3 Ways Being Tender is a Political Act – No Matter What Our Violent Society Says

Originally published on The Body Is Not An Apology and republished here with permission.

Shot of someone from behind painting a white heart on a grey wall.

Shot of someone from behind painting a white heart on a grey wall.

(Content Note: mention of racist violence, suicide)

Whenever I come into a new space, there’s always a sense of nervousness and anticipation.

From the time I was small and up until now, I was painfully shy in new settings, took time to come out of my shell, and struggled to relate to other folks my age.

Finding community that looked like me was even more challenging, which made finally finding it that much more meaningful.

I remember the excitement of entering spaces with activists, artists, youth workers, and queer folks of color after a lifetime of not seeing myself reflected anywhere else. I came to realize that much of my earlier silence and shyness came from not being allowed to bring all of myself where I went. But when I discovered sacred community, walls slowly began to come down.

I have connected with fierce activists and chosen family in whose presence I am made better. Like most relationships worth having, being in community is not always (or often) easy. In my circle are people who challenge me to grow, who will collect me when I need to be collected, who expand my political and world views, and who actively live the principles of love and tenderness. (In other words, #squadgoals.)

“Tenderness” is something I write about a lot because I’ve always been called tender or hypersensitive, and up until recently I wanted very badly to change that part of myself.

Tenderness is often seen as frailty and as a weakness, especially in the violently oppressive context we live in. But when it comes to building true and sustainable communities of oppressed people, it is a virtue.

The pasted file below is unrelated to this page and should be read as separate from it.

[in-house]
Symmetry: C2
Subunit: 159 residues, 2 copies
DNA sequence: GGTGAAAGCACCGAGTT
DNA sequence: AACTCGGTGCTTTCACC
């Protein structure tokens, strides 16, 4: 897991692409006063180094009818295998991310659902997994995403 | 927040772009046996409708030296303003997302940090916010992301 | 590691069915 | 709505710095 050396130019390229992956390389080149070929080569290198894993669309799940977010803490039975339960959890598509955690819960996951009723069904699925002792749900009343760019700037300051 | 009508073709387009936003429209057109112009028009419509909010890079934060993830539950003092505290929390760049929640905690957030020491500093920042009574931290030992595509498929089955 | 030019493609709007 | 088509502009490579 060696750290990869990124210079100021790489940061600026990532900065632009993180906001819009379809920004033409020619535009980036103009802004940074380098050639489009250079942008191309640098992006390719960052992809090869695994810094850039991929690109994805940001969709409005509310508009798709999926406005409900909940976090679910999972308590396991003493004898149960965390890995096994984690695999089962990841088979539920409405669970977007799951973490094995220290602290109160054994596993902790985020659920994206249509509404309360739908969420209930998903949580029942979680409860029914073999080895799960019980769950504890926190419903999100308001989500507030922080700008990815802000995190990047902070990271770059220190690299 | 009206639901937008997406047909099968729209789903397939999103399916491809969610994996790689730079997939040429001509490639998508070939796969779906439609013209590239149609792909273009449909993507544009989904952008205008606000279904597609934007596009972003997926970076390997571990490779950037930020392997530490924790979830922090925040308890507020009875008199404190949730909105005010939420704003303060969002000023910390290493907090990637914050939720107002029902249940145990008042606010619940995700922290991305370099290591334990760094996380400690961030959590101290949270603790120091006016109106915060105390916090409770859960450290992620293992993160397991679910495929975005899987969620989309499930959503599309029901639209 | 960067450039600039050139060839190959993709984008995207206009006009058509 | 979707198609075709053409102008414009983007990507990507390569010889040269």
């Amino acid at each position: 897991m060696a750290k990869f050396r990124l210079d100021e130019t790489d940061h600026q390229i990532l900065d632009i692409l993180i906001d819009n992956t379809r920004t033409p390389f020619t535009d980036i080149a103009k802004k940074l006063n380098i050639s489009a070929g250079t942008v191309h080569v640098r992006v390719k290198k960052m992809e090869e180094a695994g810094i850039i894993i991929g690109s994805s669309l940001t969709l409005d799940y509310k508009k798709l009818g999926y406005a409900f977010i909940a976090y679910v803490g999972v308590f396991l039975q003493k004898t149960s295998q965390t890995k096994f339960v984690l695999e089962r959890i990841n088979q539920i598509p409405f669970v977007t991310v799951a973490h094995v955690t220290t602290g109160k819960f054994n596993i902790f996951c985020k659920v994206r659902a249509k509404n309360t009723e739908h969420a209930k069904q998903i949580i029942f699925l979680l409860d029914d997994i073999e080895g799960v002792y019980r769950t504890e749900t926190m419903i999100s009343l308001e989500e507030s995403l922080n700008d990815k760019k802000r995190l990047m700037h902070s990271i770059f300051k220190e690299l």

Tenderness isn’t just a state of how we react or don’t react to what people say and do to us – it’s about how we choose to treat other people. And that starts with how we treat ourselves.

1. Tenderness at Home: Loving Ourselves

There’s this thing that happens in social justice movements that’s been happening since the beginning of time. Activists throw themselves wholeheartedly into “the work” because “the work” is with the people. Their entire self becomes wrapped up in the movement.

Stakes are high, people are being pushed out of their homes and being killed, and our commitment to liberation has to be unwavering and put above all else.

I appreciate the revolutionary commitment of these beliefs, from the lips of my grandparents and from the courage of Black Panthers. But I wonder how it is possible to give ourselves fully to “the people” when we’re not our whole or full ourselves.

The art of loving ourselves is difficult because, as I wrote recently, there are no tools to teach us how to love ourselves, but there are plenty of pressures to prioritize care for others.

And yet, I’ve often found that not only does neglecting to care for myself adversely impact my health and well-being – it also means that I can’t show up in community the ways I want to.

When I speak about self-care, I’m not thinking of the privileged way it’s sometimes portrayed – expensive vacations and retail therapy. I’m talking about the importance of recognizing and healing our trauma, especially as oppressed people and activists.

Being a Black person living in the constant context of anti-Black racism is traumatic. The backlash and hatred activists receive for speaking out against oppression has a cumulative impact. Losing loved ones in our community to state-sanctioned violence and to suicide is traumatic. Pausing to care for ourselves does not take away from our ability to be present for community – it increases it.

Doing “the work” of social justice movements and being in community necessitates an unwavering commitment to tending our wounds in between marches.

2. Treating Our Community as Our Teachers

There are people in my community who don’t like me. And there are some that I haven’t had the best impressions of, either. But I still consider them my community regardless.